Skinner's catalog actually came out online yesterday but I forgot my laptop at my friend's house yesterday, and then promised myself this morning that I could sit quietly and drink wine and peruse the catalog tonight if I worked super hard in the hot sun all day. So I was a good girl, and worked and sweated my ass off, and now here I am, a wee bit tipsy and knee deep in antiques nirvana. I don't want you to miss out of the fun, though, so I'll be blogging as I read the catalog, and picking out my very very favorite pieces to share with you. Don't be surprised if this get's sillier the more you read, I'm just a half a glass of wine in right now, but this post is going to take me several hours to write, so buckle up for drunken irreverence by the end.
|Lot 3: And early 18th century pine box in an early dry blue paint surface with elaborate geometric incised decoration. I mean, there really aren't words enough for how dear and precious this gem of early American folk art is. I truly love how over the top the incised decoration is, the maker got a bit carried away, which is ever so wonderful.|
|Lot 14- A flame stitched embroidered pocketbook marked 'Jeremiah Pearson x 1766'.|
You see flame stitch "pocket books"(wallets) fairly frequently at good antique shows, but this is a terrifically fine example. The colors are so bold, and the condition is excellent. The fact that we have a name of the original owner, and that genealogical evidence indicates he was a 26 year old man living in Newburyport when this was made for him, probably by his wife, all the better.
|Lot 60: A red painted fire bucket dated 1806.|
I just bought my very first fire bucket this past spring. I should probably have two, or ten. Ugh, they're so pretty and weird and wonderful. One of those things that is now wholly and entirely obsolete. One of those things that only needed to be utilitarian but because of the wonder of American spirit was always spectacularly decorated. Basically the best kind of thing ever. I might need this.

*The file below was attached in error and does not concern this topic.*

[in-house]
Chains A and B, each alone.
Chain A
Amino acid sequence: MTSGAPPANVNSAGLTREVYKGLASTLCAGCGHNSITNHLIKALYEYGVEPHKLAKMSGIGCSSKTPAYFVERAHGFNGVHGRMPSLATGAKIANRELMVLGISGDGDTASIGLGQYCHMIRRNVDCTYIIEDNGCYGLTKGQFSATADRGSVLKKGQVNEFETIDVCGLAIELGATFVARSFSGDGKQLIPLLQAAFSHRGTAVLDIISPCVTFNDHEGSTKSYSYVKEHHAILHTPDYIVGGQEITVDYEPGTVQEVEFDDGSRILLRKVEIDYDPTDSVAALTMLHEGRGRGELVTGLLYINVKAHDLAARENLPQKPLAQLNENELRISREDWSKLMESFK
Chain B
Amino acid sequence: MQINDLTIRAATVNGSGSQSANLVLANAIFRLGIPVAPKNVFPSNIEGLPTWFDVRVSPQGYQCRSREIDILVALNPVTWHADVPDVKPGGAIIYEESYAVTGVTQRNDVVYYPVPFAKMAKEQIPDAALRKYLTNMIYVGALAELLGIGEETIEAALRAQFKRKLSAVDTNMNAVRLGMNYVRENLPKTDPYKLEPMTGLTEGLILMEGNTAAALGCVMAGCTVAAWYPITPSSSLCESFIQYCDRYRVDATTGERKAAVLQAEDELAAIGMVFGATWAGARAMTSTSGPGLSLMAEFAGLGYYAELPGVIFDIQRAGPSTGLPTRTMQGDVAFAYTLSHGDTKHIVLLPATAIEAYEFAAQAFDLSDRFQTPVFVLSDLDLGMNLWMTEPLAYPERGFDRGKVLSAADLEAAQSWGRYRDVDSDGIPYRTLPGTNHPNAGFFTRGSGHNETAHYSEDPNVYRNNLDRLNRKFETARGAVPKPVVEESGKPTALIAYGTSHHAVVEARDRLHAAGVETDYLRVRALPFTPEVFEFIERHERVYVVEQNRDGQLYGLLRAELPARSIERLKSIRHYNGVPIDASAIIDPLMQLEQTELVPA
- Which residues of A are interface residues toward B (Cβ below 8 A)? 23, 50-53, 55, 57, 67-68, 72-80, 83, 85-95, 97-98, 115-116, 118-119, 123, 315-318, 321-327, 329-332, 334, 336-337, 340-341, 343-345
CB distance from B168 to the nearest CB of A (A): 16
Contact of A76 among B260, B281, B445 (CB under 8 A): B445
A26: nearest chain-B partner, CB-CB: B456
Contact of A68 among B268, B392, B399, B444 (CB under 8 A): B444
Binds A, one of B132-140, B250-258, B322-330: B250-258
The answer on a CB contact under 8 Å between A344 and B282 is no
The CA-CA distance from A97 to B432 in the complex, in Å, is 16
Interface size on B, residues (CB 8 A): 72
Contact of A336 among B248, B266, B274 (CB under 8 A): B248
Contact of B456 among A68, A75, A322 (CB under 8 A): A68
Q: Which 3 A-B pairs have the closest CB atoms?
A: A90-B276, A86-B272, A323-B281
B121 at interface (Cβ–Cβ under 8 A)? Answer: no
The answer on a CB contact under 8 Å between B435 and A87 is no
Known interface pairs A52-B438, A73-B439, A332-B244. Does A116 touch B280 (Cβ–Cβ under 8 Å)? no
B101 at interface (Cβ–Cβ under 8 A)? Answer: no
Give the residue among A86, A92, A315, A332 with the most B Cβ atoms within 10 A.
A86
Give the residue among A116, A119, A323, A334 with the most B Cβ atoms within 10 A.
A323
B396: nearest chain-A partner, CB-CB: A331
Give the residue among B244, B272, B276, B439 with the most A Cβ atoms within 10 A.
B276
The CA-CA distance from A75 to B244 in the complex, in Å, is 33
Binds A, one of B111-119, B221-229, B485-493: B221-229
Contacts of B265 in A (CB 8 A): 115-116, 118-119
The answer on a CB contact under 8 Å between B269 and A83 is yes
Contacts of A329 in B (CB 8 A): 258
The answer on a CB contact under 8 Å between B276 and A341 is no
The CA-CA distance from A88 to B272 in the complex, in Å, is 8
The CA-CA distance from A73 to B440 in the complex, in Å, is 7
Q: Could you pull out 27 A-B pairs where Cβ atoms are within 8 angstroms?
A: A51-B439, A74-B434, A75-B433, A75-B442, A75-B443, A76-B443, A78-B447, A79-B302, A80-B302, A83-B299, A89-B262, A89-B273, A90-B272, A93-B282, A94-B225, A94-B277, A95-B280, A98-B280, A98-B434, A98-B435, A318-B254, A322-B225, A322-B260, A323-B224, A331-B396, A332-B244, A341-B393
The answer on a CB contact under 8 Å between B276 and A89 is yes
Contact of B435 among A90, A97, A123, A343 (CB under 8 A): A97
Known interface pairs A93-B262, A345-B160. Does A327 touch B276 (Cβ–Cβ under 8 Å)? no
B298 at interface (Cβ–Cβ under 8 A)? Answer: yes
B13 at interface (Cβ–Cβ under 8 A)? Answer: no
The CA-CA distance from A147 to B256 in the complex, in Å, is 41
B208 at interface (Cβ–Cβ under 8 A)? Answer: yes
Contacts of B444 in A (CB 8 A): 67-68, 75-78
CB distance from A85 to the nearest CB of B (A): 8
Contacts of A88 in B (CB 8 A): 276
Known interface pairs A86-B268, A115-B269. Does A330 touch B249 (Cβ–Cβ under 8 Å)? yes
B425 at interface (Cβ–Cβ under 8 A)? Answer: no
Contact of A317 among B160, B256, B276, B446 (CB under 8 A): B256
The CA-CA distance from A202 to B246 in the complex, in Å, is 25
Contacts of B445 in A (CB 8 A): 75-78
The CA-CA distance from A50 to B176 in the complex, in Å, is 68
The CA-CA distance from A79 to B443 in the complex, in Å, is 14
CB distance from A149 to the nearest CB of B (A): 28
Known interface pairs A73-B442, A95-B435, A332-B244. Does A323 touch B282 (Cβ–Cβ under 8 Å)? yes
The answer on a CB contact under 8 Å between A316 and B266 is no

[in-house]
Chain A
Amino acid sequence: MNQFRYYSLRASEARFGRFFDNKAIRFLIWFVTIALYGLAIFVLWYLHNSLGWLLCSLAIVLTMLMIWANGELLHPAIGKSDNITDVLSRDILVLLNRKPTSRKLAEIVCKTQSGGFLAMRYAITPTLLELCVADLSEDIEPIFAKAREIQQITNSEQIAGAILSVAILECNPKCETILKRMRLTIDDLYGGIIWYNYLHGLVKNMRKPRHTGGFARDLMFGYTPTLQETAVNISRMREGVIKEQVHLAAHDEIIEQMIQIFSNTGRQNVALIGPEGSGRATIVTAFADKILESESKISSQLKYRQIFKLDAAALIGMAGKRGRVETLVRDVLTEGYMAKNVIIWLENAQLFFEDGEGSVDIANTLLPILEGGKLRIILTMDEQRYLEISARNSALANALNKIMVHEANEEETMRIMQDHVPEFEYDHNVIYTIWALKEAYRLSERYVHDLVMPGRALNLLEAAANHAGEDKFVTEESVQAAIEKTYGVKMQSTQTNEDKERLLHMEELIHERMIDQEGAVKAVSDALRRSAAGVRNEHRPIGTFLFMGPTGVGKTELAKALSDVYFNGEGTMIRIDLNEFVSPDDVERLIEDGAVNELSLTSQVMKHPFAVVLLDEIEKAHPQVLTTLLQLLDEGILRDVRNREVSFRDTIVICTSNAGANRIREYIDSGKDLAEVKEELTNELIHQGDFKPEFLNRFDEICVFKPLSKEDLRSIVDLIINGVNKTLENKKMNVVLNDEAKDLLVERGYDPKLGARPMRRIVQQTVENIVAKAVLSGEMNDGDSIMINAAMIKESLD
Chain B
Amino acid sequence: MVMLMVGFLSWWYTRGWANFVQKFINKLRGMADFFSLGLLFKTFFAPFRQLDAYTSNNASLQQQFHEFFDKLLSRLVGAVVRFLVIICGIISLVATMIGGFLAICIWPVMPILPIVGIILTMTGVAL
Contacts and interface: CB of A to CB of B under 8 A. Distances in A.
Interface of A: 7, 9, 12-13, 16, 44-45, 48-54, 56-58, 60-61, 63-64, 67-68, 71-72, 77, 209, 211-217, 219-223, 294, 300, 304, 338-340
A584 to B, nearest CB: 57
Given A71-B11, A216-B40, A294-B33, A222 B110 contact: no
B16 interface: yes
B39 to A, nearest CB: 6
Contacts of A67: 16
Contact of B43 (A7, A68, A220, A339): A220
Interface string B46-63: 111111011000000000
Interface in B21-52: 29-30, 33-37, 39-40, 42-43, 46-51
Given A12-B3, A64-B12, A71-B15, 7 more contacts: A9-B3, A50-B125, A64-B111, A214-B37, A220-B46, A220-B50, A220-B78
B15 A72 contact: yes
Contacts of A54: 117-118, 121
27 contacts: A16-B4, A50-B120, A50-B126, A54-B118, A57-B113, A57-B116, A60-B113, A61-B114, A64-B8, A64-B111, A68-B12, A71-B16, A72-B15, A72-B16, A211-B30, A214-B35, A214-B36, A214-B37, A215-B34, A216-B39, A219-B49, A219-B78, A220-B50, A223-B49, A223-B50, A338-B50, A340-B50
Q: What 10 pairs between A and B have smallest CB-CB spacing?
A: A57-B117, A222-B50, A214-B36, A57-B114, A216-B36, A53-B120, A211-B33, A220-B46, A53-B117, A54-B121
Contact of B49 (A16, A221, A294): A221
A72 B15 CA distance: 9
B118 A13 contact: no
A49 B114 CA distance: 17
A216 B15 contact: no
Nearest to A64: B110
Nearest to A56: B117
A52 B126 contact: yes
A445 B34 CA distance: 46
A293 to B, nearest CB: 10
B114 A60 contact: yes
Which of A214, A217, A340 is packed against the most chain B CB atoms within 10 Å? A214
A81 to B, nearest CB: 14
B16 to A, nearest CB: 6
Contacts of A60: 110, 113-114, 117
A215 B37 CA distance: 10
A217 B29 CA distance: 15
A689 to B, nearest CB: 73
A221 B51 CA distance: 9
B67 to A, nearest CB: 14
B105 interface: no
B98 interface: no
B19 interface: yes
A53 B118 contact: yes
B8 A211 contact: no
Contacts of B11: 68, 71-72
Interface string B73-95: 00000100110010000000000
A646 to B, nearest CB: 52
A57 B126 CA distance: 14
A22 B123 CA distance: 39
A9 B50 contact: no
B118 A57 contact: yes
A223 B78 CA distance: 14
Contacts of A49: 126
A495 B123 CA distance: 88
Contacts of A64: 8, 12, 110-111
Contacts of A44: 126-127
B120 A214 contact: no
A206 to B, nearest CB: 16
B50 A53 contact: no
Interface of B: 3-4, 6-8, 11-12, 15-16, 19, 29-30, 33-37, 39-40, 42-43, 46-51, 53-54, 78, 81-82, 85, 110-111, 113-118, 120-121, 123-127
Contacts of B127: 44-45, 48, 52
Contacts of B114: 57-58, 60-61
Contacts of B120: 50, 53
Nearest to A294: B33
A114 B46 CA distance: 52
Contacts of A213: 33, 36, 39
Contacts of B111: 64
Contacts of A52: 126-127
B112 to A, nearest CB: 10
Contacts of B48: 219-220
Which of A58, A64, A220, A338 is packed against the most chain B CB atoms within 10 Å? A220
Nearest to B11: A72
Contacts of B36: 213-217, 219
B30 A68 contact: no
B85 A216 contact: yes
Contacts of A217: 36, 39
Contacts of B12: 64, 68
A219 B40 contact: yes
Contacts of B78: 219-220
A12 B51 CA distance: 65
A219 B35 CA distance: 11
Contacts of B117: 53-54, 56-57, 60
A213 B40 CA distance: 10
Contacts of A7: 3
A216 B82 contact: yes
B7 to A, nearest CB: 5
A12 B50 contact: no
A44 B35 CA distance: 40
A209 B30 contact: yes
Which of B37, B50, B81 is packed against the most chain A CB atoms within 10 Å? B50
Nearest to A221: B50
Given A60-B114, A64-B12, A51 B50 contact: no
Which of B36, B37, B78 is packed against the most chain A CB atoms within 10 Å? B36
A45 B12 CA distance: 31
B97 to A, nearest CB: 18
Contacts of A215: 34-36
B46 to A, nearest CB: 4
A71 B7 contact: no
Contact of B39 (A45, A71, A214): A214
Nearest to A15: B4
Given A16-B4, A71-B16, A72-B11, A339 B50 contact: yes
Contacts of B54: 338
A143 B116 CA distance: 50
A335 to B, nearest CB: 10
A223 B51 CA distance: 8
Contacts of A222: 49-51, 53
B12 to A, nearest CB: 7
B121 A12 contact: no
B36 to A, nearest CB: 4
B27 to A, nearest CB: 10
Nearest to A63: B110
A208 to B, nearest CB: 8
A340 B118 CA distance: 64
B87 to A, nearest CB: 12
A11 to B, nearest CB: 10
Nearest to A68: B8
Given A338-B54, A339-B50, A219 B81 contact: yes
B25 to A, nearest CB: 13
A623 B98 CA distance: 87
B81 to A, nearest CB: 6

|Lot 105: Engraved 18th century brass dog collar which reads, |
"T.W. HARTCUP. ESQR. BILDELSTON SUFFOLK"
My dogs are fancy. I know that's braggy but it's the only luxury I have through family connection. They're brothers, pure bred border collies who's father is something like #2 in the country in sheep dog trials at the moment. Their pedigrees, which we have stuffed in a drawer, are far more impressive and extensive than my own. Luckily, they're both humble lads, and never put on airs, but now I'm thinking they need engraved brass collars.
|Lot 225- A 19th century fireboard|
To start it's green. I'm such a sucker for early green paint, especially a rich kelly shade like this. The dainty scrolled feet have an empire feel to them. It looks like an elongated shutter, which is magnificent, and I've never seen anything quite like it. My current fire screen has dolphins on it, maybe it's time for an upgrade.
|Lot 114: A pair of early 19th century hanging lights.|
Oh jesus, someone come hold me hand while I have the vapors. Best fetch the smelling salts or a martini while you're at it. I LOVE THESE. I have wanted a hanging light like this for ages, but in aqua? and a pair?!?!
And I can hear you thinking "Hmmmm, they look like glass saggy boobs" but that's even better!
Ok, I'm buying these too, don't you dare outbid me, I'll hunt you down and shank you.
|Lot 185- Early 19th century green glazed redware jar.|
Everything about this piece is a study in sophisticated simplicity. The deep emerald color makes my toes curl with joy, that softly ovoid body with sharply contracting shoulder, and the almost matte sheen. yummy.
|Lot 301- Satan's food chopper.|
Sorry, I told you things were gonna get silly by the end.
|Lot 336- Early 19th century hide covered trunk|
Yet another amazingly modern looking two hundred year old antique. I LOVE this. That mottled coloring is to die for, It even has a key?! I could die.
|Lot 515- Early 19th century paint decorated pine chest.|
Obviously the best and most fabulous thing I've ever seen in my favorite colors.
Here is a short list of things I WOULD do for the privilege of owning this treasure
1. Cut off my hands
2. Cut off your hands
3. Forgo hand the unnecessary limb removal and bribe the auctioneer
4. When that fails, rappel into the showroom the night before the auction, steal the box, and secret off to an island paradise to live alone to sip martinis with said box, my only real one true love.
So this is apparently going to be a two part auction coverage post because I'm tipsy and want to go upstairs and watch Stranger Things on netflix.
I'll do the second half of the catalog tomorrow morning!!